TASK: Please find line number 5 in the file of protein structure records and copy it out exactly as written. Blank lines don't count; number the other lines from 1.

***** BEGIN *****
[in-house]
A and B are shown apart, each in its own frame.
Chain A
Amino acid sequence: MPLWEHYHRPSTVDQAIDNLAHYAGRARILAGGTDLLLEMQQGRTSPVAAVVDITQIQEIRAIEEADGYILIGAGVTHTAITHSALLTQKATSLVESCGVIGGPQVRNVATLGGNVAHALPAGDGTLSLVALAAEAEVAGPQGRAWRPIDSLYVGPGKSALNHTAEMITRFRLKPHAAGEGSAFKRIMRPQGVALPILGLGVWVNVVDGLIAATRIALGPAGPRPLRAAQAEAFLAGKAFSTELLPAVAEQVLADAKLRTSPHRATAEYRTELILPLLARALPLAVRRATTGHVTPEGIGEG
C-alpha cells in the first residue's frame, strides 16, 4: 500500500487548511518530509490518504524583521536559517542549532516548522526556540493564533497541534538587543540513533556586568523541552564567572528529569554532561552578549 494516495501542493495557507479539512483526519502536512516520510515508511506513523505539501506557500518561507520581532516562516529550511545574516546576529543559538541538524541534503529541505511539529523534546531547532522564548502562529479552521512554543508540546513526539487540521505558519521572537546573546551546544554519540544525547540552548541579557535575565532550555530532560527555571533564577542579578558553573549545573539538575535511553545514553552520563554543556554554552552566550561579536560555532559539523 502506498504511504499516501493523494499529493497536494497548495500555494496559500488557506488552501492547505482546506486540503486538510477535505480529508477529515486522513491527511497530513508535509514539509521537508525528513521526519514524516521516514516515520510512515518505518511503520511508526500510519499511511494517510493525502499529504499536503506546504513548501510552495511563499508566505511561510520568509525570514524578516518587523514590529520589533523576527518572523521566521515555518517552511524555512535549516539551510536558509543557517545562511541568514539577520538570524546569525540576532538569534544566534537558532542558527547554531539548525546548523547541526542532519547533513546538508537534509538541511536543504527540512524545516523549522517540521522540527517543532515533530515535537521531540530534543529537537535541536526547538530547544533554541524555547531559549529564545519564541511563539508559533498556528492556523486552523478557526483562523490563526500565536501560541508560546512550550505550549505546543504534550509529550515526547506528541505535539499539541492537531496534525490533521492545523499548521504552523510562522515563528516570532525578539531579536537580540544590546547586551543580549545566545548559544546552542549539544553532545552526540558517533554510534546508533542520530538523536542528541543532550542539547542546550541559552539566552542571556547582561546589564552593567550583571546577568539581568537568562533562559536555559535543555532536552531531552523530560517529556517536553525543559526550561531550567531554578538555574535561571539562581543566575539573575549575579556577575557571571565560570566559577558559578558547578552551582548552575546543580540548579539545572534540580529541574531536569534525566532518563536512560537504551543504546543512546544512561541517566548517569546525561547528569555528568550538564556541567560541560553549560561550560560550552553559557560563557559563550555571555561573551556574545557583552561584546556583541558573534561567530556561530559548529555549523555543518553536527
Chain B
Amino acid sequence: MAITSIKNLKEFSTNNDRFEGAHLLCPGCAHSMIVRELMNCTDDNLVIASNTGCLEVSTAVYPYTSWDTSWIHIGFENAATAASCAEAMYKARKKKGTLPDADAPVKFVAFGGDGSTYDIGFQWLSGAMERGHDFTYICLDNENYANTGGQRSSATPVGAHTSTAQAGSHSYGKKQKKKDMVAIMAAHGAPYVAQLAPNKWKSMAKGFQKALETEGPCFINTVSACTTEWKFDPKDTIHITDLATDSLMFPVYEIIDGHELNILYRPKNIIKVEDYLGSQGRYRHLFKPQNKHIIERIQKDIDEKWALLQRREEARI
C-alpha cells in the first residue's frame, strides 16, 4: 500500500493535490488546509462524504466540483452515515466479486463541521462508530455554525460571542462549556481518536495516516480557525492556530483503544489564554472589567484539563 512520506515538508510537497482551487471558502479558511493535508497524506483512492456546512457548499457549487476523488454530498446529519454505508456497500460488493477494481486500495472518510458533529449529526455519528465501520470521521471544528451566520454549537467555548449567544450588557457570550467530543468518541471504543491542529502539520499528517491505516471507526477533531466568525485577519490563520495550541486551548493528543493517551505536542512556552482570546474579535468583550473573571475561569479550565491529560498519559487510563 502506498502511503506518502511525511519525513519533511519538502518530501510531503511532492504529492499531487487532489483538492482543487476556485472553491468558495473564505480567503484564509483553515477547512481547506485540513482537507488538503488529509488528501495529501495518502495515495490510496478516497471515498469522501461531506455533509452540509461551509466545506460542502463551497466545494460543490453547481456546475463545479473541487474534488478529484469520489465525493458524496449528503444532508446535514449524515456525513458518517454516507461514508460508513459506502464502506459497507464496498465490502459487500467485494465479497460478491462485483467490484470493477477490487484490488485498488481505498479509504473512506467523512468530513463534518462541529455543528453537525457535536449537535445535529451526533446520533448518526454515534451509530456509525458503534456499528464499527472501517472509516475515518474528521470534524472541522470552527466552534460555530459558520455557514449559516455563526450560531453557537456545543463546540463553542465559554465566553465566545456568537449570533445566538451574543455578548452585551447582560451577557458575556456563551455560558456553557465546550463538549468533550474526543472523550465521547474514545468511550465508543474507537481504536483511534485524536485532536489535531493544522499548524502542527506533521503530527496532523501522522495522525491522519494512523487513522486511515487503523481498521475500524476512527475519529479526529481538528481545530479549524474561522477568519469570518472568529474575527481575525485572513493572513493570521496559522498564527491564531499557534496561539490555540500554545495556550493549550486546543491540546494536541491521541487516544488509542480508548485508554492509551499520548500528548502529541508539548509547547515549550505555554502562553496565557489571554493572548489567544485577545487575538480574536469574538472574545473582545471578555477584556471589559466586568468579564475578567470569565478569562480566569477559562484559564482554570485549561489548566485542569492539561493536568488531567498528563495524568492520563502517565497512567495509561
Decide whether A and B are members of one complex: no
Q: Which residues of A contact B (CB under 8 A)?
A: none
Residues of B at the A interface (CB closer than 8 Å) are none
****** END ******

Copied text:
C-alpha cells in the first residue's frame, strides 16, 4: 500500500487548511518530509490518504524583521536559517542549532516548522526556540493564533497541534538587543540513533556586568523541552564567572528529569554532561552578549 494516495501542493495557507479539512483526519502536512516520510515508511506513523505539501506557500518561507520581532516562516529550511545574516546576529543559538541538524541534503529541505511539529523534546531547532522564548502562529479552521512554543508540546513526539487540521505558519521572537546573546551546544554519540544525547540552548541579557535575565532550555530532560527555571533564577542579578558553573549545573539538575535511553545514553552520563554543556554554552552566550561579536560555532559539523 502506498504511504499516501493523494499529493497536494497548495500555494496559500488557506488552501492547505482546506486540503486538510477535505480529508477529515486522513491527511497530513508535509514539509521537508525528513521526519514524516521516514516515520510512515518505518511503520511508526500510519499511511494517510493525502499529504499536503506546504513548501510552495511563499508566505511561510520568509525570514524578516518587523514590529520589533523576527518572523521566521515555518517552511524555512535549516539551510536558509543557517545562511541568514539577520538570524546569525540576532538569534544566534537558532542558527547554531539548525546548523547541526542532519547533513546538508537534509538541511536543504527540512524545516523549522517540521522540527517543532515533530515535537521531540530534543529537537535541536526547538530547544533554541524555547531559549529564545519564541511563539508559533498556528492556523486552523478557526483562523490563526500565536501560541508560546512550550505550549505546543504534550509529550515526547506528541505535539499539541492537531496534525490533521492545523499548521504552523510562522515563528516570532525578539531579536537580540544590546547586551543580549545566545548559544546552542549539544553532545552526540558517533554510534546508533542520530538523536542528541543532550542539547542546550541559552539566552542571556547582561546589564552593567550583571546577568539581568537568562533562559536555559535543555532536552531531552523530560517529556517536553525543559526550561531550567531554578538555574535561571539562581543566575539573575549575579556577575557571571565560570566559577558559578558547578552551582548552575546543580540548579539545572534540580529541574531536569534525566532518563536512560537504551543504546543512546544512561541517566548517569546525561547528569555528568550538564556541567560541560553549560561550560560550552553559557560563557559563550555571555561573551556574545557583552561584546556583541558573534561567530556561530559548529555549523555543518553536527